Notes

1 Translation by James O’Hagan and John Law.

2 The baroque case in music has often been used to defend or criticise conceptions of authenticity, e.g. Adorno (1967); Taruskin (1991); Hennion (2015, ch. 6).

3 If a de-attribution or evidence of forgery causes the price of the ‘same’ painting to drop, is it not the price tag alone which affords value? Svetlana Alpers opposes a magisterial response to the false evidence of this cynical (or sociological) thesis formulated, for example, by Alsop (1982). By inverting the argument, she shows Rembrandt carefully installing the authority of the artist-creator: even the possibility of copying his paintings is part of his own work (Alpers 1988). On this slow historical production of the notion of the original, see the beautifully deployed analysis of Haskell and Penny, about Roman statues (1982).

4 This chapter includes a number of music extracts, which can be listened to online. Readers are encouraged to follow the relevant hyperlinks, as in this case to Albinoni’s Adagio in G Minor (Karajan) <https://archive.org/details/HennionAuthenticOrTrueAlbinoniAdagio>[accessed 06 February 2016]

5 Giazotto is credited as editor in the second album.

6 See, for example, Dutton (1983), or De main de maître (Lista 2009), the proceedings of a 2004 Louvre conference on forgery in art.

7 On p. 48, in the conclusion of the Albinoni section (Arnold 1983).

8 One thinks of the brilliant analysis proposed by O. Mannoni (1969) of this adverbial phrase as a marker of denial: ‘I know, but still…’

9 The art of the social sciences is one of quotation marks, while that of the counterfeiter is doubtless that of omitting them at the right time.

10 See Hennion et al. (2000), and on history and ‘history’, Hennion (2011).

11 … ‘il a été fait pour faire vieux’: French says it better, by using the verb faire, between ‘to seem’ and ‘to be’. This taste for the old has a long history and its continuous extension of the classical repertoire can be traced back to the mid-nineteenth century. On music, see Fauquet and Hennion (2000), or Campos (2003), and on other forms of arts, see again Haskell and his work on the taste variations (1980; 1987; Haskell and Penny 1982).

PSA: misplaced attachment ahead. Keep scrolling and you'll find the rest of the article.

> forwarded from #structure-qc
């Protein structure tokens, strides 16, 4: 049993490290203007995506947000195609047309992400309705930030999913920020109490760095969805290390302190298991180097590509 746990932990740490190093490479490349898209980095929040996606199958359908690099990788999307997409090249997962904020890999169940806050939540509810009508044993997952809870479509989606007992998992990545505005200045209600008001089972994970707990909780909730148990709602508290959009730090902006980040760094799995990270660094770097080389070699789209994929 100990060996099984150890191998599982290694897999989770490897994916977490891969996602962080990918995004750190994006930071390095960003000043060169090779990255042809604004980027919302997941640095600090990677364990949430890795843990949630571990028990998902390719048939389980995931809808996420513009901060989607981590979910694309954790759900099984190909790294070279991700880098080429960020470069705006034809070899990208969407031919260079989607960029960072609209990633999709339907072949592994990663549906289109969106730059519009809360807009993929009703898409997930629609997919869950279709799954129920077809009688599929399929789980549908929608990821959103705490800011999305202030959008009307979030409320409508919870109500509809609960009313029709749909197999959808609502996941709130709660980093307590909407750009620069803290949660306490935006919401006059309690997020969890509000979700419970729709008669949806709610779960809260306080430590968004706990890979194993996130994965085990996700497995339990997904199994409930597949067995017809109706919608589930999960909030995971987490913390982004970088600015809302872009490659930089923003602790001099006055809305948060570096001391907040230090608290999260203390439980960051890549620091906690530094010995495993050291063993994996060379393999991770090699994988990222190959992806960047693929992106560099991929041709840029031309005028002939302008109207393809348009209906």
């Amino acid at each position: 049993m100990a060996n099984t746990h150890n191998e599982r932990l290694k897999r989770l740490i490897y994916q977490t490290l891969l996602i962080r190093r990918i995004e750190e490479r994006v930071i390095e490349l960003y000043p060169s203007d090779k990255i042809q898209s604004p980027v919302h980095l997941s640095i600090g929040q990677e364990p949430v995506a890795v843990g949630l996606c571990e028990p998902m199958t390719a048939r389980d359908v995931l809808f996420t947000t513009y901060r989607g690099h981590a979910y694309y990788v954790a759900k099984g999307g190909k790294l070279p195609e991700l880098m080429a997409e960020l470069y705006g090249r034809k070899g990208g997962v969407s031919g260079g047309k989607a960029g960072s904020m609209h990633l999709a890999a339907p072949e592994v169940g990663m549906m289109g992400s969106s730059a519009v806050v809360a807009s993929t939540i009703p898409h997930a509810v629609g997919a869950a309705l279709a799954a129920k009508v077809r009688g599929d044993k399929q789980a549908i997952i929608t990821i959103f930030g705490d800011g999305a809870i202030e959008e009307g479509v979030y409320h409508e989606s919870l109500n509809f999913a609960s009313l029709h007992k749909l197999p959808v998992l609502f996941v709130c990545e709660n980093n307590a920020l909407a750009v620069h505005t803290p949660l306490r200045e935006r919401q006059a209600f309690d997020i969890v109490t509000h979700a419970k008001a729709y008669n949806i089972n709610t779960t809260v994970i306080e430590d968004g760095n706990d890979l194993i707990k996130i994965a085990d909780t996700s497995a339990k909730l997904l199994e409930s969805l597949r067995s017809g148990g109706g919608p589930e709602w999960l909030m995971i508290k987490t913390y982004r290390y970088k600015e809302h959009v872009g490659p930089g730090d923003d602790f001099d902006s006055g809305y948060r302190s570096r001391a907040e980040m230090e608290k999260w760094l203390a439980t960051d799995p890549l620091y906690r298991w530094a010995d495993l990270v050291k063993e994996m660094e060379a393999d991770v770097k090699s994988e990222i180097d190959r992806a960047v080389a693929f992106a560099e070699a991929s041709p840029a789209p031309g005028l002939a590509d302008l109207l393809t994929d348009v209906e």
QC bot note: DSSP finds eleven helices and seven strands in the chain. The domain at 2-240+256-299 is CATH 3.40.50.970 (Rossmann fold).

12 I owe the details of these cases to J.-M. Fauquet, as well as many other precisions, arguments, and elements of discussion on the idea of the fake in music.

13 Adelaïde: Orchestre Symphonique de Paris, conductor Pierre Monteux, violin Yehudi Menuhin, recorded in 1934 <https://archive.org/details/HennionAuthenticOrTrueMenuhinAdelaideMozart> [accessed 06 February 2016]

14 On the back of the sleeves, Casadesus is mentioned as the ‘orchestrator’.

15 An invented name inspired by Joseph-Louis Duc, his friend since their stay in the Medici Villa.

16 See his Mémoires’ Post-Scriptum (1991: 556). After its success, Berlioz was prompt to reattribute the choir to himself when it would be integrated into his oratorio.

17 Hector Berlioz (1803–69), L’Adieu des bergers, de L’Enfance du Christ, Chœurs René Duclos/Orchestre de la Société des Concerts du Conservatoire/André Cluytens <https://archive.org/details/HennionAuthenticOrTrueBerliozAdieuDesBergers> [accessed 06 February 2016]

18 The expert’s gesture mirrors the ‘faker’. The former looks with uncertainty at an object of unknown provenance, and evaluates whether it is authentic or false by using multiple signs, takes, clues. As s/he gradually ‘feels’ it out, this is a real test involving body senses. The ‘obvious’ character, the clarity of the final verdict, is quite unlike the uncertain states that lead to this. See the striking developments of this expert’s paradoxical judgement in Bessy and Chateauraynaud’s book (1995), precisely entitled ‘Experts and Fakers’.